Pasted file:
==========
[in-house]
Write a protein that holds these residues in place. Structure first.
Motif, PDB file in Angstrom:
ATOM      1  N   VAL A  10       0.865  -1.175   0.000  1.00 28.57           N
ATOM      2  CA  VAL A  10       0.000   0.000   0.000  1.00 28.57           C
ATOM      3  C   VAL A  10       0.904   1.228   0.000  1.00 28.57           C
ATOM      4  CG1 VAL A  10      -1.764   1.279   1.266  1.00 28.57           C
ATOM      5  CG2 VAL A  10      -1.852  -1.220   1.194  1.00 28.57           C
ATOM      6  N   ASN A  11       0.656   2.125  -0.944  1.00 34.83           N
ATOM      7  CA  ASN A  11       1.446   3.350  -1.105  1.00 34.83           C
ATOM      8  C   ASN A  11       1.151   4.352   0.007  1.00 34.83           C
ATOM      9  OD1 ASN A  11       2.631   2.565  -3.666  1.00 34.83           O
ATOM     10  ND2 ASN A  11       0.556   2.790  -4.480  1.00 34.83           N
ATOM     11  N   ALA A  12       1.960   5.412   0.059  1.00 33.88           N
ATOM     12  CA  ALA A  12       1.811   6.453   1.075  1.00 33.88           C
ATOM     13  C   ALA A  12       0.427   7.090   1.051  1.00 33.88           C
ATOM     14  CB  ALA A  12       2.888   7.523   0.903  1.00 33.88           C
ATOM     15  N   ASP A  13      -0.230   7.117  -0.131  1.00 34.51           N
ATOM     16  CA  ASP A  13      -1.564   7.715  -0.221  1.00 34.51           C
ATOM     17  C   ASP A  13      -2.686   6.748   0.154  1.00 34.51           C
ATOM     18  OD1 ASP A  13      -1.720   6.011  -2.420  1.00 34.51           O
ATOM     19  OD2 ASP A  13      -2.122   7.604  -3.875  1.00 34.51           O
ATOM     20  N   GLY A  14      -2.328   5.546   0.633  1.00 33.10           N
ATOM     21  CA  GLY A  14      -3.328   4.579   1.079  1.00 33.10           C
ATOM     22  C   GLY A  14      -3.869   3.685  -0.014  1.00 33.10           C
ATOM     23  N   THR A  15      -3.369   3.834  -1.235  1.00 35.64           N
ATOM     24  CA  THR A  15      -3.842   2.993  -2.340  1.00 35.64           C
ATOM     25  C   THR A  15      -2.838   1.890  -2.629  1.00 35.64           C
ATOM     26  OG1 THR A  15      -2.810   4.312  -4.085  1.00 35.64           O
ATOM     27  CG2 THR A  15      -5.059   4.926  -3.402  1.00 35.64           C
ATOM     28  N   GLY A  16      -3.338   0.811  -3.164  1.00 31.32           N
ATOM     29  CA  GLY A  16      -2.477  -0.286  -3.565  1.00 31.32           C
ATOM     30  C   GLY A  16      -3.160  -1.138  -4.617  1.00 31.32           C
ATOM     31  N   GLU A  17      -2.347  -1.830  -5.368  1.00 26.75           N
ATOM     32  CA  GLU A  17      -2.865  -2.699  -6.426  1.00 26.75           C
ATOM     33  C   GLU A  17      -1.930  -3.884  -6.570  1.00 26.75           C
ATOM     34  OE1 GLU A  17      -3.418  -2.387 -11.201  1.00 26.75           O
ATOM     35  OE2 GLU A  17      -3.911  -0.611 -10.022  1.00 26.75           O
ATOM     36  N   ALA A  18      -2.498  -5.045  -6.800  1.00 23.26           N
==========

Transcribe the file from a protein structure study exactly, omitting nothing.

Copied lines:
[in-house]
Write a protein that holds these residues in place. Structure first.
Motif, PDB file in Angstrom:
ATOM      1  N   VAL A  10       0.865  -1.175   0.000  1.00 28.57           N
ATOM      2  CA  VAL A  10       0.000   0.000   0.000  1.00 28.57           C
ATOM      3  C   VAL A  10       0.904   1.228   0.000  1.00 28.57           C
ATOM      4  CG1 VAL A  10      -1.764   1.279   1.266  1.00 28.57           C
ATOM      5  CG2 VAL A  10      -1.852  -1.220   1.194  1.00 28.57           C
ATOM      6  N   ASN A  11       0.656   2.125  -0.944  1.00 34.83           N
ATOM      7  CA  ASN A  11       1.446   3.350  -1.105  1.00 34.83           C
ATOM      8  C   ASN A  11       1.151   4.352   0.007  1.00 34.83           C
ATOM      9  OD1 ASN A  11       2.631   2.565  -3.666  1.00 34.83           O
ATOM     10  ND2 ASN A  11       0.556   2.790  -4.480  1.00 34.83           N
ATOM     11  N   ALA A  12       1.960   5.412   0.059  1.00 33.88           N
ATOM     12  CA  ALA A  12       1.811   6.453   1.075  1.00 33.88           C
ATOM     13  C   ALA A  12       0.427   7.090   1.051  1.00 33.88           C
ATOM     14  CB  ALA A  12       2.888   7.523   0.903  1.00 33.88           C
ATOM     15  N   ASP A  13      -0.230   7.117  -0.131  1.00 34.51           N
ATOM     16  CA  ASP A  13      -1.564   7.715  -0.221  1.00 34.51           C
ATOM     17  C   ASP A  13      -2.686   6.748   0.154  1.00 34.51           C
ATOM     18  OD1 ASP A  13      -1.720   6.011  -2.420  1.00 34.51           O
ATOM     19  OD2 ASP A  13      -2.122   7.604  -3.875  1.00 34.51           O
ATOM     20  N   GLY A  14      -2.328   5.546   0.633  1.00 33.10           N
ATOM     21  CA  GLY A  14      -3.328   4.579   1.079  1.00 33.10           C
ATOM     22  C   GLY A  14      -3.869   3.685  -0.014  1.00 33.10           C
ATOM     23  N   THR A  15      -3.369   3.834  -1.235  1.00 35.64           N
ATOM     24  CA  THR A  15      -3.842   2.993  -2.340  1.00 35.64           C
ATOM     25  C   THR A  15      -2.838   1.890  -2.629  1.00 35.64           C
ATOM     26  OG1 THR A  15      -2.810   4.312  -4.085  1.00 35.64           O
ATOM     27  CG2 THR A  15      -5.059   4.926  -3.402  1.00 35.64           C
ATOM     28  N   GLY A  16      -3.338   0.811  -3.164  1.00 31.32           N
ATOM     29  CA  GLY A  16      -2.477  -0.286  -3.565  1.00 31.32           C
ATOM     30  C   GLY A  16      -3.160  -1.138  -4.617  1.00 31.32           C
ATOM     31  N   GLU A  17      -2.347  -1.830  -5.368  1.00 26.75           N
ATOM     32  CA  GLU A  17      -2.865  -2.699  -6.426  1.00 26.75           C
ATOM     33  C   GLU A  17      -1.930  -3.884  -6.570  1.00 26.75           C
ATOM     34  OE1 GLU A  17      -3.418  -2.387 -11.201  1.00 26.75           O
ATOM     35  OE2 GLU A  17      -3.911  -0.611 -10.022  1.00 26.75           O
ATOM     36  N   ALA A  18      -2.498  -5.045  -6.800  1.00 23.26           N